School on Fire
Reviewed by YTSL
At one point in this movie, we do hear the
announcement and see the sight of a "school (being) on fire". However,
I think that it would be well for the (potential) viewer to bear in mind
that the literal English translation of the film's Chinese title is a much
more descriptively apt "School Turbulence".
The school in question is one which is a crowded
one building affair, many of whose teachers are past caring (one of them
(Damian Lau) seems content to just instruct his students to conduct "self-study",
another's punishments seem to consist solely of asking her students to
write a particular sentence out a thousand times) and quite a few of whose
students are not only academic under-achievers but fledgling Triad members,
prostitutes and pill-poppers. In such surroundings and circumstances,
it is easy to see how idealism can be not only a luxury but also dangerous
for those who possess it, and why a life of crime can seem to be such an
attractive opportunity or natural option.
SCHOOL ON FIRE focuses on the trials and travails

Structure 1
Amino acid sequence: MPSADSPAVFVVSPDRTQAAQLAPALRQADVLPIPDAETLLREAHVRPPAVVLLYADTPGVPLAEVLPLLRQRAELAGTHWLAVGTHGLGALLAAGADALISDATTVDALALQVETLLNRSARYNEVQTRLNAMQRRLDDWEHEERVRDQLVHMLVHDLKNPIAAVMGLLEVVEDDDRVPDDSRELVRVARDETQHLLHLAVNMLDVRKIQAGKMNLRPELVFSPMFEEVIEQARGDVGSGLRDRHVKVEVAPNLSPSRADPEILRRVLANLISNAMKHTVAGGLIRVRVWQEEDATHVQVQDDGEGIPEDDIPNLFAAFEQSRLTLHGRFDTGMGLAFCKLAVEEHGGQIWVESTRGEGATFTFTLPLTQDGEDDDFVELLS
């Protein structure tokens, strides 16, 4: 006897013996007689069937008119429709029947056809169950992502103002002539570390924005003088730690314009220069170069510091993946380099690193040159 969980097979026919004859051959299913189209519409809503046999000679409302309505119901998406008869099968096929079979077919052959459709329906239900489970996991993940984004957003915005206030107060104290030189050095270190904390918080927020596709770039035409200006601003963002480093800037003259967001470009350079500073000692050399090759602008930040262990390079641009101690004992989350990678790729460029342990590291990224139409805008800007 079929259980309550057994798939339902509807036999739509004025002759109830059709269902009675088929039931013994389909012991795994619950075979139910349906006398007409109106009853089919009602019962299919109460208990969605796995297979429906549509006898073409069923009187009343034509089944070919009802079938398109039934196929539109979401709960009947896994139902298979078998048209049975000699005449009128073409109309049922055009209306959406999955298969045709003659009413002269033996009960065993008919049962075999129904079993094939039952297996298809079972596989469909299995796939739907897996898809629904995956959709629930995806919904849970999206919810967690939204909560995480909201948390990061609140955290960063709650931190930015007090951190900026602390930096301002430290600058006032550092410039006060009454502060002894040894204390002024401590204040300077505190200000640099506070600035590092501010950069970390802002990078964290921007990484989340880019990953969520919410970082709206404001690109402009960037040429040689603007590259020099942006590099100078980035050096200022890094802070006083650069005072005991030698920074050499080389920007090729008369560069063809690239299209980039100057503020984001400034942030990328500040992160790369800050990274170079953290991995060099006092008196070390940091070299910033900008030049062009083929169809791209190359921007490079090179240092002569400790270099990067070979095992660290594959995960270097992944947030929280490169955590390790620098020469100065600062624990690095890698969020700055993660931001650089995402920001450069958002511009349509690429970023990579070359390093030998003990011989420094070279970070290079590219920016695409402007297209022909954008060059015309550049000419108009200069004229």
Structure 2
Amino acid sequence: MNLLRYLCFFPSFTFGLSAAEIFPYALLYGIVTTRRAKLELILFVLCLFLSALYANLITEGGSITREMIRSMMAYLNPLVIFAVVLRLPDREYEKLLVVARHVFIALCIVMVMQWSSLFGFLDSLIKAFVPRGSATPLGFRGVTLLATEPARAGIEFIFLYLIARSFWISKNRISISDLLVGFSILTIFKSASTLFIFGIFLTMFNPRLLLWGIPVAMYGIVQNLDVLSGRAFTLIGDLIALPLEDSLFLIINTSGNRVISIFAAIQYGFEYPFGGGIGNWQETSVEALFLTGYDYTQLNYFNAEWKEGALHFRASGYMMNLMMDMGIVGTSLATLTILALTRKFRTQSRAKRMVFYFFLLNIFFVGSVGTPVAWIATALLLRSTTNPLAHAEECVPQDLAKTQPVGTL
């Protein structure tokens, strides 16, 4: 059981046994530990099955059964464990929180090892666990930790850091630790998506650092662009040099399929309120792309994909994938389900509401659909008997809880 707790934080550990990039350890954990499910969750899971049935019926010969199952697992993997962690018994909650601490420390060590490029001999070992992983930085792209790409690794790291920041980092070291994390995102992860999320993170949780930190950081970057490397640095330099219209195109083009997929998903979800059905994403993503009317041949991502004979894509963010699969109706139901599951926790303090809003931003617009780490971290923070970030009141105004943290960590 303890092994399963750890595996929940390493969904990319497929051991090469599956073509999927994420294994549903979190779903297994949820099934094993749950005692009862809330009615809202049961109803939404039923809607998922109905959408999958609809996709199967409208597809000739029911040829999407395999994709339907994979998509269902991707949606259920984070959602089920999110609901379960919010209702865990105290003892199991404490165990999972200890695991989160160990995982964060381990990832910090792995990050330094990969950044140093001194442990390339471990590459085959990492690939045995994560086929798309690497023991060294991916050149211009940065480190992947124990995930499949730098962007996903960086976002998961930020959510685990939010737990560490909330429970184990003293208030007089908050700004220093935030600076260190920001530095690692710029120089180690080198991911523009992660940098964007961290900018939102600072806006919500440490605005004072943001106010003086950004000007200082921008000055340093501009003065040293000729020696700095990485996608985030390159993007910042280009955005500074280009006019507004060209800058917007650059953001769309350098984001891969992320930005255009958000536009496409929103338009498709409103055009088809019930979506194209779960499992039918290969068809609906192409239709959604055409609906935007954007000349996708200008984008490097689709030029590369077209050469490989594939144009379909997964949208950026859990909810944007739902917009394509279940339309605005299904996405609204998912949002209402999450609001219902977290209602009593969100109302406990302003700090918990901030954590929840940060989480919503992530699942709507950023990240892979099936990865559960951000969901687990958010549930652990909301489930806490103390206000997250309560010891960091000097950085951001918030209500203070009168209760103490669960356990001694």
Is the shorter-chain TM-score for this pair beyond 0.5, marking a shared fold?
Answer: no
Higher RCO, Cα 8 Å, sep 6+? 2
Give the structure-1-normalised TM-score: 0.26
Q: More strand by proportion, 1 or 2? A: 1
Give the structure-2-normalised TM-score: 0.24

of a "good" girl (well played by Fennie Yuen) who cannot help but get involved
with the Triad, what with her: best friend at school being a prostitute
(Sarah Lee, who won a Hong Kong Best Supporting Actress award for her performance
in this movie) with a Triad member boyfriend; attracting the attention
of an out-of-school Triad member colleague of her best friend's boyfriend;
and her father (Victor Hon) being a Triad member himself (albeit an inactive
one). Though it is obvious from when we first meet her that her life
is already hardly a perfect one, her troubles really start in earnest when
a fight breaks out between members of two rival Triad gangs in large part
because of her and she naively does the "right" thing by identifying to
the police (Lam Ching Ying and Tommy Wong) the perpetrators of a killing
that occurred in the midst of the brawl. A very nasty Roy Cheung then begins
to turn her life upside down.
I have read somewhere (probably on the internet!)
that director Ringo Lam took pride in creating -- and went to great lengths
to ensure that he did succeed in producing -- realistic, if gritty, portraits
of Hong Kong in his "on Fire" series. If there is any modicum of
truth to this assertion and his depiction, then this film of his can be
seen as a damning indictment of Hong Kong schools and the British rulers
of the then Crown Colony -- a fact which the viewer is reminded of by the
film's musical score prominently featuring the mournful wail of bagpipes
-- who allow(ed) the existence of such schools.
My rating for this film: 9.